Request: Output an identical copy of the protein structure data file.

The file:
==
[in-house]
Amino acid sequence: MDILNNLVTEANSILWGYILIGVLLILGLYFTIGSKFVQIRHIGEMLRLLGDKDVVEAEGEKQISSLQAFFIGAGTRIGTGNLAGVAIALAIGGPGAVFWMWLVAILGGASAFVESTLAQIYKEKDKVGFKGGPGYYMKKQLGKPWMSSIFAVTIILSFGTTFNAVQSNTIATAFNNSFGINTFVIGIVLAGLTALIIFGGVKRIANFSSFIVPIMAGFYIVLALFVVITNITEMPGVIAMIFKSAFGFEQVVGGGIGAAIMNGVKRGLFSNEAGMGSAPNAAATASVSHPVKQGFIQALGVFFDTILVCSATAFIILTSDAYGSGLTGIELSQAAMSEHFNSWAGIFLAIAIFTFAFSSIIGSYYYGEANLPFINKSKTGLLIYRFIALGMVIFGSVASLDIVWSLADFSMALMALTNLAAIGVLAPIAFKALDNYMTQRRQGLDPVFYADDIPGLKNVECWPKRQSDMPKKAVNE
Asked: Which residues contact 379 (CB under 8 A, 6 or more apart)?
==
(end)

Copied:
[in-house]
Amino acid sequence: MDILNNLVTEANSILWGYILIGVLLILGLYFTIGSKFVQIRHIGEMLRLLGDKDVVEAEGEKQISSLQAFFIGAGTRIGTGNLAGVAIALAIGGPGAVFWMWLVAILGGASAFVESTLAQIYKEKDKVGFKGGPGYYMKKQLGKPWMSSIFAVTIILSFGTTFNAVQSNTIATAFNNSFGINTFVIGIVLAGLTALIIFGGVKRIANFSSFIVPIMAGFYIVLALFVVITNITEMPGVIAMIFKSAFGFEQVVGGGIGAAIMNGVKRGLFSNEAGMGSAPNAAATASVSHPVKQGFIQALGVFFDTILVCSATAFIILTSDAYGSGLTGIELSQAAMSEHFNSWAGIFLAIAIFTFAFSSIIGSYYYGEANLPFINKSKTGLLIYRFIALGMVIFGSVASLDIVWSLADFSMALMALTNLAAIGVLAPIAFKALDNYMTQRRQGLDPVFYADDIPGLKNVECWPKRQSDMPKKAVNE
Asked: Which residues contact 379 (CB under 8 A, 6 or more apart)?